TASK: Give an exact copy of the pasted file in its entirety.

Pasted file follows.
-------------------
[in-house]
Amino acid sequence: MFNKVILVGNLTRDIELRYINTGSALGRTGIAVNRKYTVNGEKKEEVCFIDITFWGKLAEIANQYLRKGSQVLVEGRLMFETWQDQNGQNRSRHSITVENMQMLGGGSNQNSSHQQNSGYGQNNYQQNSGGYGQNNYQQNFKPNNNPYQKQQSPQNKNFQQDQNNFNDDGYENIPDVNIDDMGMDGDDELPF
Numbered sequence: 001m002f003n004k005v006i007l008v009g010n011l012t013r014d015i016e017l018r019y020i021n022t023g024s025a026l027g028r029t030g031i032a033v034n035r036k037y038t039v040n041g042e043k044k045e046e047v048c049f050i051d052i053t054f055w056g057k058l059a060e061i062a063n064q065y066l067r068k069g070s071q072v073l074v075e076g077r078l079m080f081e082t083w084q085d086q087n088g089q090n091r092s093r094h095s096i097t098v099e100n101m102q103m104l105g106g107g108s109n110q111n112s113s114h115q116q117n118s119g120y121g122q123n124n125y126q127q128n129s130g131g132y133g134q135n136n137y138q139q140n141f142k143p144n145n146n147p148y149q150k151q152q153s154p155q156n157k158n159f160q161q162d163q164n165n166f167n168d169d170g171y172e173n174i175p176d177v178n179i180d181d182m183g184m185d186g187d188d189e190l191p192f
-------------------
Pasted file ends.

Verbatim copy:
[in-house]
Amino acid sequence: MFNKVILVGNLTRDIELRYINTGSALGRTGIAVNRKYTVNGEKKEEVCFIDITFWGKLAEIANQYLRKGSQVLVEGRLMFETWQDQNGQNRSRHSITVENMQMLGGGSNQNSSHQQNSGYGQNNYQQNSGGYGQNNYQQNFKPNNNPYQKQQSPQNKNFQQDQNNFNDDGYENIPDVNIDDMGMDGDDELPF
Numbered sequence: 001m002f003n004k005v006i007l008v009g010n011l012t013r014d015i016e017l018r019y020i021n022t023g024s025a026l027g028r029t030g031i032a033v034n035r036k037y038t039v040n041g042e043k044k045e046e047v048c049f050i051d052i053t054f055w056g057k058l059a060e061i062a063n064q065y066l067r068k069g070s071q072v073l074v075e076g077r078l079m080f081e082t083w084q085d086q087n088g089q090n091r092s093r094h095s096i097t098v099e100n101m102q103m104l105g106g107g108s109n110q111n112s113s114h115q116q117n118s119g120y121g122q123n124n125y126q127q128n129s130g131g132y133g134q135n136n137y138q139q140n141f142k143p144n145n146n147p148y149q150k151q152q153s154p155q156n157k158n159f160q161q162d163q164n165n166f167n168d169d170g171y172e173n174i175p176d177v178n179i180d181d182m183g184m185d186g187d188d189e190l191p192f